Richard is a great teacher as well as artist. I am really looking forward to the rest of the week. Tomorrow, we will be travelling to a river trail system in the mountains surrounding Bend, Oregon called Green Lakes Trails. I am looking forward to a full day of painting. I will post what I do whether successful or not. After all, this is a learning blog.
Below are my thumbnails from today. The first one is line directions. The second is shapes. The third is first impression of values done in pencil. The fourth is done with grey tone markers after consulting with Richard. The last one has a bit more detail. I did take photos, so I may be able to do this one in the studio when I get home in seven weeks. Did I tell you we are on a seven week plein air road trip? Stay tuned. This is only the beginning.

Thursday, July 24, 2008

Virtual Sketch Date

5 x 4 colored pencils on Colourfix
Miki Willa
I did this for the July Virtual Sketch Date. This is the first time I participated. Once again, I have to applaud all the colored pencil artists out there. I find this a very difficult medium. Go to the Virtual Sketch Date site for more information and the reference photo. I cropped it pretty drastically before I started drawing.

Green and More Green

Green on the Green
9 x 12 soft pastels on Art Spectrum Colourfix
Miki Willa
This is the Green River in Flaming Geyser State Park, Washington. I did this one using a complementary color underpainting. I should have taken WIP photos to show you some of the amusing problems I had with this painting. When I thought it was finished, I stepped back with Tom and discovered that the river looked as if it were going to slide diagonally off the page toward the bottom right corner. I hadn't paid enough attention to my water strokes. Then I noticed that I had created a perfect formal garden hedge of flowers all along the river bank. The path was all one value from front to back. I decided to wait until this morning to fix all of this. A few carefully placed strokes with my handy-dandy foam brush took out much of the hedge and helped to fix the river. I found my favorite purple for the nearest part of the path. Then I added the strokes in the river to make it show movement in the correct direction. We were there on a very cool early June day when the river was still running high, and I think I captured both the cool weather and the full river.
The title? It was a very lush green place along a river named Green.

Monday, July 21, 2008

Dugualla Flats with tree

Dugualla Flats
9 x 12 soft pastels on Art Spectrum Colourfix
Miki Willa
I know the title of this posting won't get any hits, but I wasn't sure what else to call it. Besides, it took me quite a while to find the name of this place, so decided to use it.
This is a wonderful flat meadow between the main north/south highway on Whidbey Island and Dugualla Bay in the Puget Sound. The white mountain in the background is Mt. Baker. It is done from a reference taken in early spring several years ago. The photo was taken in the morning, thus the long shadows.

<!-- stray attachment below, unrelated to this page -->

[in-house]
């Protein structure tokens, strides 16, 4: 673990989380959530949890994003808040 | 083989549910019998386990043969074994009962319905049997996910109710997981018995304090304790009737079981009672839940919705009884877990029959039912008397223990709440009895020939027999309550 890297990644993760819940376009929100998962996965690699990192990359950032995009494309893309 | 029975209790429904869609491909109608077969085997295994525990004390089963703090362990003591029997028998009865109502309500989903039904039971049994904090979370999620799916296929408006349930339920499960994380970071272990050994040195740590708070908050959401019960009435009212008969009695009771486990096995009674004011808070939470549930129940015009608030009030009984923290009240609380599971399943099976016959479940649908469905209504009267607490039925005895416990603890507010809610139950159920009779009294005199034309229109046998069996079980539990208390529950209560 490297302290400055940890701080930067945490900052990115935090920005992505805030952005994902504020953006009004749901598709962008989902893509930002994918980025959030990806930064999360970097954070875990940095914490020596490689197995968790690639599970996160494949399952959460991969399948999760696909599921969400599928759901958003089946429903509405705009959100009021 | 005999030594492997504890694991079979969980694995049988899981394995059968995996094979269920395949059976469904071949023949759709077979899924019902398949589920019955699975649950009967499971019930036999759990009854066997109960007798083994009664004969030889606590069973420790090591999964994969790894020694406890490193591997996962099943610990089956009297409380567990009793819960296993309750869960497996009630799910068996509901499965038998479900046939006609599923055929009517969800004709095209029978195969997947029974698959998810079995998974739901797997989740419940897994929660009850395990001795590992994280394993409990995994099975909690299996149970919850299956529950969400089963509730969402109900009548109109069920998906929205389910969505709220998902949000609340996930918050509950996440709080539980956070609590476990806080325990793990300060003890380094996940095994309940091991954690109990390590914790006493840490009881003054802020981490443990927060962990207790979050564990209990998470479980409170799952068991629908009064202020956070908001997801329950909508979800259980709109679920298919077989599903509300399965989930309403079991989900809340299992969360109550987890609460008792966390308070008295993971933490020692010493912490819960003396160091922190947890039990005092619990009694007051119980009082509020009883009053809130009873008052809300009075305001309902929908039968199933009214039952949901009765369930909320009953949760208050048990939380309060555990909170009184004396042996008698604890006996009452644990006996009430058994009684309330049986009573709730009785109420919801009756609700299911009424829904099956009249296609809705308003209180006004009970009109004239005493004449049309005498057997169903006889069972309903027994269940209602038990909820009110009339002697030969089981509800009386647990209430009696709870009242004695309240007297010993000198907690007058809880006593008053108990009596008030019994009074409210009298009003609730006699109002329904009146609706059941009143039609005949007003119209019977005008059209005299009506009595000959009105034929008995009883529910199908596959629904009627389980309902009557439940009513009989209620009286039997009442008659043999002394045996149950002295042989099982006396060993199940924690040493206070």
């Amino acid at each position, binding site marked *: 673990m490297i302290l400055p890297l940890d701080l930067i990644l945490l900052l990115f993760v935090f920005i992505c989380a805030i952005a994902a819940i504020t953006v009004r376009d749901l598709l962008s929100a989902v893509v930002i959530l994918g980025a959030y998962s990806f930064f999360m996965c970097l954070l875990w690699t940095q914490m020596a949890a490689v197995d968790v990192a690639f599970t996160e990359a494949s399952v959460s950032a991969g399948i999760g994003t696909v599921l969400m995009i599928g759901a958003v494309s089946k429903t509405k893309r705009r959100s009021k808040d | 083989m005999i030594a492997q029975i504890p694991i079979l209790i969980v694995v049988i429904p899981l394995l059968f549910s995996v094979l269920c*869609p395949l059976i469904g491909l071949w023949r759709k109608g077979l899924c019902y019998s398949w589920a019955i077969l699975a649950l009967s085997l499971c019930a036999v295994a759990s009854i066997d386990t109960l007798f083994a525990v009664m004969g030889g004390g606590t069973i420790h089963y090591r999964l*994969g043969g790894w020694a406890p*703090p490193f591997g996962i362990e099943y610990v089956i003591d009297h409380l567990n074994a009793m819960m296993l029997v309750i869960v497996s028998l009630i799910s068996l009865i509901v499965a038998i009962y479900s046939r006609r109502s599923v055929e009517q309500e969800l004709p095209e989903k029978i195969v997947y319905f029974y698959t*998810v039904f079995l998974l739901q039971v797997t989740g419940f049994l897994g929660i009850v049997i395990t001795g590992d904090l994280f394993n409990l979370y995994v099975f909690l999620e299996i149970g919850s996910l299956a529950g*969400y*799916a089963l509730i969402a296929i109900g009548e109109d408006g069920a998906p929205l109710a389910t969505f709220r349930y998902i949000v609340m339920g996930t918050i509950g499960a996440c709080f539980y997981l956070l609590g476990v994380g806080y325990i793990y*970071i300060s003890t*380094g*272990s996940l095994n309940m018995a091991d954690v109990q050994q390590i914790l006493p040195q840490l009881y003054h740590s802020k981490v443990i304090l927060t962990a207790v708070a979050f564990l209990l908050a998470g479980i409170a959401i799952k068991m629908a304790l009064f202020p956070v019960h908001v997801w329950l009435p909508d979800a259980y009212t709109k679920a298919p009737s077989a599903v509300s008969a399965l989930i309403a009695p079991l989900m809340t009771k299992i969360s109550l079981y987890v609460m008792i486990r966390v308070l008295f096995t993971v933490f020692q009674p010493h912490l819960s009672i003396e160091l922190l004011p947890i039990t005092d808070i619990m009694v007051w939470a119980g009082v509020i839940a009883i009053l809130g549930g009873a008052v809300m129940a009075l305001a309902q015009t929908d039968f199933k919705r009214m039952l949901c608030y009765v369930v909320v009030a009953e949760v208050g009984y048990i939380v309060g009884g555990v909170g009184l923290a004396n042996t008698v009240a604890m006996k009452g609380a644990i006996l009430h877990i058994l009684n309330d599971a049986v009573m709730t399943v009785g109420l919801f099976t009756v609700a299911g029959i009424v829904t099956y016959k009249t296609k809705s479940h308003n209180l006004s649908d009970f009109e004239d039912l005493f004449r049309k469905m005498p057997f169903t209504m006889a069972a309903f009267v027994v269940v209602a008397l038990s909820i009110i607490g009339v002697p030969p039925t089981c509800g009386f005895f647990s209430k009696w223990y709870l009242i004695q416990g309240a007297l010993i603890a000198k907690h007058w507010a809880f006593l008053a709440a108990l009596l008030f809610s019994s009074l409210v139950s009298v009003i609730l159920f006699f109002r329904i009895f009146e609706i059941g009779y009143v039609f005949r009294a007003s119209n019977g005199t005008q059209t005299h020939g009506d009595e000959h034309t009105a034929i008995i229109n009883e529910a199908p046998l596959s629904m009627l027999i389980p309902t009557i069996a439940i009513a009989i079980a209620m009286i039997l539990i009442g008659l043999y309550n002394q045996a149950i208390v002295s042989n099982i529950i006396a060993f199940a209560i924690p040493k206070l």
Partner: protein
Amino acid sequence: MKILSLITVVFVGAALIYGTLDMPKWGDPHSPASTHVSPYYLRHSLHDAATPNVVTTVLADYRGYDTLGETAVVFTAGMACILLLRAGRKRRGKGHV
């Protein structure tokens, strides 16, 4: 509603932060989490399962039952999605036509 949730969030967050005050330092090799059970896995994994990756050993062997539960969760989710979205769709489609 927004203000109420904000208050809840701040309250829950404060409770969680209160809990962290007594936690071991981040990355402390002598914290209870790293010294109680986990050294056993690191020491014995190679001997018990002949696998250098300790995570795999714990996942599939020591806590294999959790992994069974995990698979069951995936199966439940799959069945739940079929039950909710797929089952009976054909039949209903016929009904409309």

I did this painting as a demonstration on using a complimentary underpainting. I put orange under the green field, red under the distant tree covered hill, and dark purple/blue under the water. I did a blue underpainting on the sky because I have not been successful with complements under the sky yet. I used soft pastels and blended them with turpenoid (the stuff in the blue can, not the green one). I put the grazing cows in the far part of the field to give a sense of distance between me, the tree, and the water. I really liked this place. We had fun sketching there from the cab of the truck. As I recall, it was a cold, very early spring morning.

Sunday, July 20, 2008

The color of haze

Sound View
9 x 12 soft pastels on Art Spectrum Colourfix
Miki Willa

I finally made time to get back to the studio this week. Since I still have several local monuments to paint, I decided to get the Mt. Rainier painting taken care of. I am not entirely satisfied with it, but I will try and explain my feelings about this Puget Sound icon.
First, some basic information about the mountain. Mt. Rainier is 14,411 feet high, making it the highest mountain in the Cascade Range. It is an active stratovolcano, and it has 26 glaciers. That is the most glaciers on one mountain in the lower 48 states. Parts of it are open year round for hiking and day trips.
When I first moved to the northwest during my college days, in the dark ages, I have been in love with this mountain. Of course, I am not alone in this love fest. It is a part of local lore as well as conversations. "The mountain is out today," is a great weather indicator. The goals of many local residents include climbing the mountain at least once in their lifetime. Many celebrations take place on the mountain, as well as few losses over the years. Going to the mountain for a day trip or a week long camping adventure is a must. Seeing the wildflower meadows in late spring is awe inspiring. The most interesting thing about this mountain is that it appears differently each day and each season.